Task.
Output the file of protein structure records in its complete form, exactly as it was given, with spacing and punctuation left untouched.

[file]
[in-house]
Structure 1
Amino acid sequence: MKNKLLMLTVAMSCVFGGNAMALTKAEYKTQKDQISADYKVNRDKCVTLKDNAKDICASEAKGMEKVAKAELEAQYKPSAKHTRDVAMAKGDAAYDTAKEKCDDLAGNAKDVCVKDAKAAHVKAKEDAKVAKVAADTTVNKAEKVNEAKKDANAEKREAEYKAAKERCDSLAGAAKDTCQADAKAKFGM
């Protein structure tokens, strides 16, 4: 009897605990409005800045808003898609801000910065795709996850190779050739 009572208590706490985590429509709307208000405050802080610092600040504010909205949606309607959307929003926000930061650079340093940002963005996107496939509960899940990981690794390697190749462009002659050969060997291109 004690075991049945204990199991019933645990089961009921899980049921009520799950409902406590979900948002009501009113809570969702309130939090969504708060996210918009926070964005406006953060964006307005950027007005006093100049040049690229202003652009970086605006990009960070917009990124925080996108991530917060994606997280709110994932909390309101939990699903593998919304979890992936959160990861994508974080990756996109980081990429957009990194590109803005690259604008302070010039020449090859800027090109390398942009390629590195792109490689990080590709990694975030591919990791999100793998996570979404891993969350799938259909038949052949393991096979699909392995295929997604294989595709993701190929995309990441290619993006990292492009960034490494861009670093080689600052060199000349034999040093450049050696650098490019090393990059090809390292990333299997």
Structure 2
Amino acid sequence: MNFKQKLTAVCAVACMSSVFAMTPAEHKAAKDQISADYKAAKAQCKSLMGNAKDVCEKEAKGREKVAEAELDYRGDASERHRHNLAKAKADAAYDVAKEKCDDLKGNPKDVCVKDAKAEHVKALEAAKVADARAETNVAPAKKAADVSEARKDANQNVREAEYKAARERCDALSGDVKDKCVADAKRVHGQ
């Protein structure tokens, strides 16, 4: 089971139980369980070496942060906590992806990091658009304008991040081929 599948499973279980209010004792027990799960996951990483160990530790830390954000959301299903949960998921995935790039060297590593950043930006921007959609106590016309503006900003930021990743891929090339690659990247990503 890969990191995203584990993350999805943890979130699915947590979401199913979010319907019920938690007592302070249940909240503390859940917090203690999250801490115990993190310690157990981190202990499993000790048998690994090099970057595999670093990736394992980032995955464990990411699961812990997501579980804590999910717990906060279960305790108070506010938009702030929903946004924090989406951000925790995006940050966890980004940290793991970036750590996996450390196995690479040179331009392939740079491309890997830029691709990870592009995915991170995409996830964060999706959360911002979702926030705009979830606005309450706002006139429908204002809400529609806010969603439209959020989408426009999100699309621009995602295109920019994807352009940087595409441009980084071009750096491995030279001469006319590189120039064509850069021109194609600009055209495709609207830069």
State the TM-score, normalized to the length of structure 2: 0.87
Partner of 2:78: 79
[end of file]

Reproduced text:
[in-house]
Structure 1
Amino acid sequence: MKNKLLMLTVAMSCVFGGNAMALTKAEYKTQKDQISADYKVNRDKCVTLKDNAKDICASEAKGMEKVAKAELEAQYKPSAKHTRDVAMAKGDAAYDTAKEKCDDLAGNAKDVCVKDAKAAHVKAKEDAKVAKVAADTTVNKAEKVNEAKKDANAEKREAEYKAAKERCDSLAGAAKDTCQADAKAKFGM
């Protein structure tokens, strides 16, 4: 009897605990409005800045808003898609801000910065795709996850190779050739 009572208590706490985590429509709307208000405050802080610092600040504010909205949606309607959307929003926000930061650079340093940002963005996107496939509960899940990981690794390697190749462009002659050969060997291109 004690075991049945204990199991019933645990089961009921899980049921009520799950409902406590979900948002009501009113809570969702309130939090969504708060996210918009926070964005406006953060964006307005950027007005006093100049040049690229202003652009970086605006990009960070917009990124925080996108991530917060994606997280709110994932909390309101939990699903593998919304979890992936959160990861994508974080990756996109980081990429957009990194590109803005690259604008302070010039020449090859800027090109390398942009390629590195792109490689990080590709990694975030591919990791999100793998996570979404891993969350799938259909038949052949393991096979699909392995295929997604294989595709993701190929995309990441290619993006990292492009960034490494861009670093080689600052060199000349034999040093450049050696650098490019090393990059090809390292990333299997």
Structure 2
Amino acid sequence: MNFKQKLTAVCAVACMSSVFAMTPAEHKAAKDQISADYKAAKAQCKSLMGNAKDVCEKEAKGREKVAEAELDYRGDASERHRHNLAKAKADAAYDVAKEKCDDLKGNPKDVCVKDAKAEHVKALEAAKVADARAETNVAPAKKAADVSEARKDANQNVREAEYKAARERCDALSGDVKDKCVADAKRVHGQ
């Protein structure tokens, strides 16, 4: 089971139980369980070496942060906590992806990091658009304008991040081929 599948499973279980209010004792027990799960996951990483160990530790830390954000959301299903949960998921995935790039060297590593950043930006921007959609106590016309503006900003930021990743891929090339690659990247990503 890969990191995203584990993350999805943890979130699915947590979401199913979010319907019920938690007592302070249940909240503390859940917090203690999250801490115990993190310690157990981190202990499993000790048998690994090099970057595999670093990736394992980032995955464990990411699961812990997501579980804590999910717990906060279960305790108070506010938009702030929903946004924090989406951000925790995006940050966890980004940290793991970036750590996996450390196995690479040179331009392939740079491309890997830029691709990870592009995915991170995409996830964060999706959360911002979702926030705009979830606005309450706002006139429908204002809400529609806010969603439209959020989408426009999100699309621009995602295109920019994807352009940087595409441009980084071009750096491995030279001469006319590189120039064509850069021109194609600009055209495709609207830069």
State the TM-score, normalized to the length of structure 2: 0.87
Partner of 2:78: 79